What makes a great summer rally? A carefully planned itinerary that includes shorelines steeped in history, beaches of golden sand as far as the eye can see, pretty harbours serving up delicious food and excellent wine and oh, the best weather in living memory. The mystery is that only two boats took part, Shearwater (Avril and I) and Aeolus (chartered by Graham Broadway).
Trips to St Vaast are usually a treat and the May Bank Holiday excursion was no exception.
We’d signed up Shearwater months ago when Graham Broadway first mentioned the possibility of a club rally but as the date grew closer, doubts about our ability to take part grew. The problem was our engine. At Easter, we discovered our trusty Volvo Diesel to be a little less trusty than usual. Lots of smoke, a lack of revs and an inability to push Shearwater convincingly against even a very slight tide meant that it really couldn’t be trusted at all.
Every so often March has days like this. Days that make you think that summer has arrived, that your thermals, mid-layers and fleeces can be cast aside and that it is time to bask in the sun, open a chilled bottle of something suitably refreshing and to be careful not to fall asleep in the full glare of the sun to avoid serious sunburn. For this fast cruise, we had two such days in succession.
Avril and I were joined by Jill Moffatt and Ian Middleton at short notice, their original berths on Ronhilda sadly unavailable due to Brian Humber's indisposition. Friday evening in Haslar saw a sizeble contingent of LSC folk including the crew of Day at the Races and elements from Musyk and Solid Air enjoying a dinner at Hardy's.
A great day of sailing.
Once again, the "Frostbite" cruise was anything but. Friday might have been wet and windy but Saturday was close to perfect. Winds between F2 and F4 from directions gradually working their way around from east to north-west; enough sunshine to break out the emergency supplies of sunblock and some great "fast cruising" (this is similar to racing, but with much less shouting and no protest committee).
Thanks to the indefatigable Graham Broadway and everyone else who made it all possible.
Dinner at the RSrnYC was good, though there were a distressing number of people wearing ties.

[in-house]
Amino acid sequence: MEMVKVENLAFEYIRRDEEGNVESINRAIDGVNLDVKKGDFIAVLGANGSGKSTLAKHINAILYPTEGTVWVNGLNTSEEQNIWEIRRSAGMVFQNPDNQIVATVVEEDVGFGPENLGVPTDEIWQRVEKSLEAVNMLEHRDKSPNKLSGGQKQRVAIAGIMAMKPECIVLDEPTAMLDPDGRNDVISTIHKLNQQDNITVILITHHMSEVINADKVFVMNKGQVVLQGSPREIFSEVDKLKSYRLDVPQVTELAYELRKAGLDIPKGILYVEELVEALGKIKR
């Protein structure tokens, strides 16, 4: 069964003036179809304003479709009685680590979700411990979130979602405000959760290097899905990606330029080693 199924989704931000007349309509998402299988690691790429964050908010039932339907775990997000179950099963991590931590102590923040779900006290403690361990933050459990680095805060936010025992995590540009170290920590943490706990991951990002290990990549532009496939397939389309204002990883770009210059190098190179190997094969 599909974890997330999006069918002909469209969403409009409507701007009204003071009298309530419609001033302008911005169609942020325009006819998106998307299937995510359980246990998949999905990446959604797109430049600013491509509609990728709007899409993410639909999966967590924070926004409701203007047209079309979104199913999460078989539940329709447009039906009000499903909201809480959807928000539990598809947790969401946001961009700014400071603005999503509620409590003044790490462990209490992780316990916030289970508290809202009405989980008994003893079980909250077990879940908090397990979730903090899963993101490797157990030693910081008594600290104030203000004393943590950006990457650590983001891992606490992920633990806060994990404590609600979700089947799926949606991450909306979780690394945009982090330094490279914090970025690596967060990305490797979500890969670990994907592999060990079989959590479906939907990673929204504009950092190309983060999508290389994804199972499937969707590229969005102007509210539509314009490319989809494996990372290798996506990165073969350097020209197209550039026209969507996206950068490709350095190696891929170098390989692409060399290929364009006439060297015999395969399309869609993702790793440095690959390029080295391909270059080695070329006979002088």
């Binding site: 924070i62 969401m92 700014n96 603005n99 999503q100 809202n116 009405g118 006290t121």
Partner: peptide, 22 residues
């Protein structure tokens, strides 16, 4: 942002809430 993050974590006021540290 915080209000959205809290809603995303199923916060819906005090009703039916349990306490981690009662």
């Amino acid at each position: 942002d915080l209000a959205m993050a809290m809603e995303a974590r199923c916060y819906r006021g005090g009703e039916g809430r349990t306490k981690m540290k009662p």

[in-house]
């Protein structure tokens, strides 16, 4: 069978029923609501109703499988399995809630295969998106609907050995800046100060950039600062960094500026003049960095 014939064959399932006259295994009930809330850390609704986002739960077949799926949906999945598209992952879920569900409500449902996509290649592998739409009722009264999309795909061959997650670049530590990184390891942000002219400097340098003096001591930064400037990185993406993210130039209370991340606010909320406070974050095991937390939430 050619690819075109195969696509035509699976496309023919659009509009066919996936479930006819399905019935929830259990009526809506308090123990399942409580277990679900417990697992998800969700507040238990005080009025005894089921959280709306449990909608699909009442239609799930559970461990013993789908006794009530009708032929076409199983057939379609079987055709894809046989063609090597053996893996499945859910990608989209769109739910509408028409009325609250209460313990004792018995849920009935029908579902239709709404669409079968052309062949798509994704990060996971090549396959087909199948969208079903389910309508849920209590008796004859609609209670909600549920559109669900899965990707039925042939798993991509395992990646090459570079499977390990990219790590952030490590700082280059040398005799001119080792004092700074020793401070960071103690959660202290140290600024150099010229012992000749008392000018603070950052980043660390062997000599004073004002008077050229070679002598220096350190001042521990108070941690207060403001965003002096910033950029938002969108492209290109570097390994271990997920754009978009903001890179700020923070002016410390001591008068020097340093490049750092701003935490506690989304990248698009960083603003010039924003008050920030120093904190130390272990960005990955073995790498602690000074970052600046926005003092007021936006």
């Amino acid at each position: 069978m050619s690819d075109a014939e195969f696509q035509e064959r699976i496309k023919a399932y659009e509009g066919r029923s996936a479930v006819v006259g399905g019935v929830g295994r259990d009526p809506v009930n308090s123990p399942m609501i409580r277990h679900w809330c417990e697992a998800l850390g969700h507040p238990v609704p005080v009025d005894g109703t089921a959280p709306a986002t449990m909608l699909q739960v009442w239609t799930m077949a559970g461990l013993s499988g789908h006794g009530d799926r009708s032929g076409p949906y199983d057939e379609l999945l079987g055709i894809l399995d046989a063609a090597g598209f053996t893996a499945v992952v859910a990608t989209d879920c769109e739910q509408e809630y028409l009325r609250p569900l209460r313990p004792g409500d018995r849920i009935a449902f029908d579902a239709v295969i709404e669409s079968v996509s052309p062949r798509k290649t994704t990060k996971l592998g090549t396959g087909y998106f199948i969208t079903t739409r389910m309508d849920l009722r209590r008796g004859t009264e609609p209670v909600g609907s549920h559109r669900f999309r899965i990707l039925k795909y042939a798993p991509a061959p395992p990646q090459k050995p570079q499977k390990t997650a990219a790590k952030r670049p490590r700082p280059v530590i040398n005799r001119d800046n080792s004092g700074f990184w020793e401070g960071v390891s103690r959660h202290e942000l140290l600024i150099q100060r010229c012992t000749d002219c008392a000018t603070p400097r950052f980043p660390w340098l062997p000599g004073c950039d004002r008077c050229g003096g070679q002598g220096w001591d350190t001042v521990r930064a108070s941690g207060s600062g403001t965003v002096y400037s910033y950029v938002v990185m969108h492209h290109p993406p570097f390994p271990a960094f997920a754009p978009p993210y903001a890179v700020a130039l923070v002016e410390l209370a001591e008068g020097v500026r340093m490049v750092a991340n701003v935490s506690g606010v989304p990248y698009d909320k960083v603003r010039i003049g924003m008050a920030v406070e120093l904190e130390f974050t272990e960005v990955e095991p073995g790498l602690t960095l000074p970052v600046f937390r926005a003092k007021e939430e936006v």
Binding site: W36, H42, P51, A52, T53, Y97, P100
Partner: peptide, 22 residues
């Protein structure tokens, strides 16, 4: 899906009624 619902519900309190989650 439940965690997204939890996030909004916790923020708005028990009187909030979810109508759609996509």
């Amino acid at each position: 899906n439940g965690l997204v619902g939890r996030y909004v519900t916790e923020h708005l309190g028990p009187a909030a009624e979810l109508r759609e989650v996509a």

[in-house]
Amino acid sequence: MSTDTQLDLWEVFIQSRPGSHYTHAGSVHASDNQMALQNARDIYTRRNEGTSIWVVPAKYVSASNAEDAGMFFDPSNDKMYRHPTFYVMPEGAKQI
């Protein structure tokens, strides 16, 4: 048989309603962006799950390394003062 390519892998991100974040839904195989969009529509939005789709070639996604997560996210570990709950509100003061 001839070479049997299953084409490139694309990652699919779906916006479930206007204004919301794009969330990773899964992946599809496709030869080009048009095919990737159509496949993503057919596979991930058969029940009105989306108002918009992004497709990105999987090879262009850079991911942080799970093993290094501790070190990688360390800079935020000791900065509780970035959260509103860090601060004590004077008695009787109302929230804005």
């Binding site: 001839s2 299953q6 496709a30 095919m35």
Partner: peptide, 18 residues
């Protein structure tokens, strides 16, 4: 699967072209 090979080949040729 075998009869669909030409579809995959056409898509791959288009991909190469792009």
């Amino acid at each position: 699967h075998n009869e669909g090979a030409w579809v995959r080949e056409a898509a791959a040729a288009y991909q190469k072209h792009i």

Sunday dawned grey and miserable and the rain started in earnest early in the afternoon, fortunately after Shearwater was safely tied up back home in Gosport.
I'm sure many LSC members are already aware of the proposals to build a wind farm off the south coast, to the west of the Isle of Wight. If you are not aware, you can find lots of information at the Navitas Bay Wind Farm website.
The wind farm proposals will doubtless face strong opposition, but one aspect to the plans that I have not seen any discussion of is the effect on wind speeds downwind of the site.
The penultimate weekend of the Fast Cruise season was another particularly enjoyable one. While early 2012 was windy, early 2013 seems to be continuing the theme of late 2012: anything more than 10 knots of wind is beginning to seem like a dream.
As Avril decided that her crutches were not suited to marine use and another crew member claimed to have contracted SARS, the somewhat diminished crew assembled on Friday evening at the end of a day when I had briefly spent time in the cockpit wearing a T-shirt and no fleece at all. The sun had shone, but the night was cold and Saturday morning dawned bright and calm with Bramblemet and Chimet agreeing on wind speeds of 5 knots gusting 6 and the inshore waters forecast promising "variable 3 or less." Clearly reefing was unlikely to be urgently needed.
With the winter fast cruises, you know what you are getting yourself into. Wind (lots), rain (some), with perhaps a little sleet or snow and the occasional patch of ice on deck. A timed passage in mid-June is completely different, of course. Or it should be.
But this is an English summer, so Shearwater headed to the start in a wind forecast to be south west force 5-7. Familiar conditions, then. Fortunately, the rain held off until Saturday evening and the journey back from the pub, but the sailing was dominated by south-west winds which frequently topped 30 knots apparent. A couple of boats familiar from the winter were present: Chris Overall's Oxygen and Richard Strong's Solid Air along with Amber One and Sour Kraut who were new to us.